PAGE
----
Seeing Our Way To The Future
21st century holistic solutions



Whole Brained Thinking

Posted 12/12/2012
by Yasha Husain

'Charting the Course'
is an education
that encourages
more whole brain
the reliance
which brings
thinkers, in a
closed, holistic
learning network.

The author of this
website has written
in her book, Holistic
Living: Tips for
, how
people along the
autism spectrum are
naturally more
while "neurotypical"
people, tend to, from a young age, become dominant
thinkers, with the exception that both
access interhemispheric, and graduated, thought.

The 'Charting the Course' education proposal
shares a vision for a school system that will help all character-types, including people who are dominant left-brained thinkers, who think more linearly, and who are dominant right-brained thinkers, who think more by association, in part by bringing them together into one classroom.

The proposal is also for a single, closed, holistic system, which interweaves the modern education system with holistic, closed systems of the world.

The full education
can right now
be viewed
using the

With questions
or comments,
please email:



Article - Opinion

Helping the Homeless Vets
By Yasha Melanie Husain
December 21, 2012

We need to be thinking out-of-the-box about how to help veterans who are homeless and without jobs.

Nader Khalili's Superadobe architecture may be one of many out-of-the-box approaches we can dream up for helping veterans.

By utilizing Khalili's architectural design, we can empower the homeless to build there own homes, possibly on lands set aside for them by the federal government and or regional and local municipalities. There could alternatively be public private ventures that coordinate the setting aside of lands on which homeless vets can build.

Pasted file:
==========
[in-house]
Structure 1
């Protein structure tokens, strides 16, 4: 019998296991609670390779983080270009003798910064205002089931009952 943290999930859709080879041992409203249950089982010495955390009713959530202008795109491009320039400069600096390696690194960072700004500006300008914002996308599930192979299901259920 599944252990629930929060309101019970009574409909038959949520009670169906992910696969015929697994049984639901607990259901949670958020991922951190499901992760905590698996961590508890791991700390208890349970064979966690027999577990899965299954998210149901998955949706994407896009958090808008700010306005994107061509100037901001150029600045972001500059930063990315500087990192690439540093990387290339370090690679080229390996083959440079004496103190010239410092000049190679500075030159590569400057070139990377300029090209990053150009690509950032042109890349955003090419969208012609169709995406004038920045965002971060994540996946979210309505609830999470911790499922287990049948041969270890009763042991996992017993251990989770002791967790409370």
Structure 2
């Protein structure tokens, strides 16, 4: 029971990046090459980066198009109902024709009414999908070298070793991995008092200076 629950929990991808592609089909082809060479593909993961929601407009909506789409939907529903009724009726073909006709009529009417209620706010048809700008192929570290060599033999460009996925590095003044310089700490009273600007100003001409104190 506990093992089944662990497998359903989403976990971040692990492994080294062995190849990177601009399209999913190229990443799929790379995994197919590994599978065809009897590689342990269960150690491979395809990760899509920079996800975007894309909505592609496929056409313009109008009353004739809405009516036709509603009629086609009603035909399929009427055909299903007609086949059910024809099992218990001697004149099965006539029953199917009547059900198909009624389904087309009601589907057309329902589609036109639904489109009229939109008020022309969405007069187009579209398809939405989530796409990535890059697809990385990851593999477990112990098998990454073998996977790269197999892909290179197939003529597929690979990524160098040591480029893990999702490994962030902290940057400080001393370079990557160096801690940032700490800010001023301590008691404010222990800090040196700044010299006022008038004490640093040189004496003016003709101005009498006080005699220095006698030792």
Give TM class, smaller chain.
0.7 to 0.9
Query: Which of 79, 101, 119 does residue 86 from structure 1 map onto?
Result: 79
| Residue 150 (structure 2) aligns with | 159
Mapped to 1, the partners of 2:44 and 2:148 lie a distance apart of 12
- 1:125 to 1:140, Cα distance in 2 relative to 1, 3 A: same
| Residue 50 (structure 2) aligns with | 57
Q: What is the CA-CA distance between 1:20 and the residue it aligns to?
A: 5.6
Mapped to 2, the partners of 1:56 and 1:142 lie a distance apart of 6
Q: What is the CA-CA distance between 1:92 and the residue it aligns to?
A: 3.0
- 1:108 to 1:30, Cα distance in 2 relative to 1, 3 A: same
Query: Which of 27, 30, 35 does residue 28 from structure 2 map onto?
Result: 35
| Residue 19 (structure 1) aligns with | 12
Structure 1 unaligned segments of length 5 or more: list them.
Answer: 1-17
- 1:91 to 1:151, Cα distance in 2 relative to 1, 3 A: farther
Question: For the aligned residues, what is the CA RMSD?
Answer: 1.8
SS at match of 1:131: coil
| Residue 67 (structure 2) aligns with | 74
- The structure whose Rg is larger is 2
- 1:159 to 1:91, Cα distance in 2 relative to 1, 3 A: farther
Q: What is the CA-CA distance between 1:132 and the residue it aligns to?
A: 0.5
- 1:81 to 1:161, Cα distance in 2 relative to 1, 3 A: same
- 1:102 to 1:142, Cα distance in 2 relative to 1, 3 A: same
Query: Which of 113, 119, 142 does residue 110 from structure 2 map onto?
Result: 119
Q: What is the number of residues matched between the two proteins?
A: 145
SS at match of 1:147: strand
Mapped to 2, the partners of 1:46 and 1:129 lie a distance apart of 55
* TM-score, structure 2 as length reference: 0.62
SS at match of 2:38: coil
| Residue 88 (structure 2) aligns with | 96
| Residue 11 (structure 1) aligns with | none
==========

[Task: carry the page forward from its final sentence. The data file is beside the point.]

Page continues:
At the Cal-Earth Institute's website, the nuts and bolts of how to receive the simple training in order to build EcoDomes and Earth One houses is listed, along with the many journalistic articles that over the years described Khalili's work as visionary.

It would be a tremendous boon for vets to feel what it's like to build with the earth a shelter, using their own hands. They would be provided with not only shelter but a deep connection to mother nature that is hard to surpass.

The earthen, architectural designs were Khalili's dream for how to house homeless and poor people around the globe in shelters that are earthquake, fire, flood and wind-resistant. The designs are multi-faceted. At the same time as being safe and energy-efficient shelters, meant to stand for perhaps a 1000 years, they are marvelous teaching tools.

The homes are reflective of the rule that the circle is the strongest shape in nature. Arches, apses, tresses, curvatures and domes are used to create their structural balance and sturdiness. Not everyone realizes that the circle is the strongest shape in nature, reflected in the shape of the earth, our heads, eggs and bubbles. In the case of Khalili's designs, people are in fact building on this truth, while at the same time conserving wood and energy with the sustainability of the plans.

"Every man and woman should be able to build a home for his or her family, using the earth under their feet, and integrating some features of modern technology to make their homes resistant to fire, flood, hurricane, earthquake and other disasters," Khalili's quoted on his Institute's website as saying.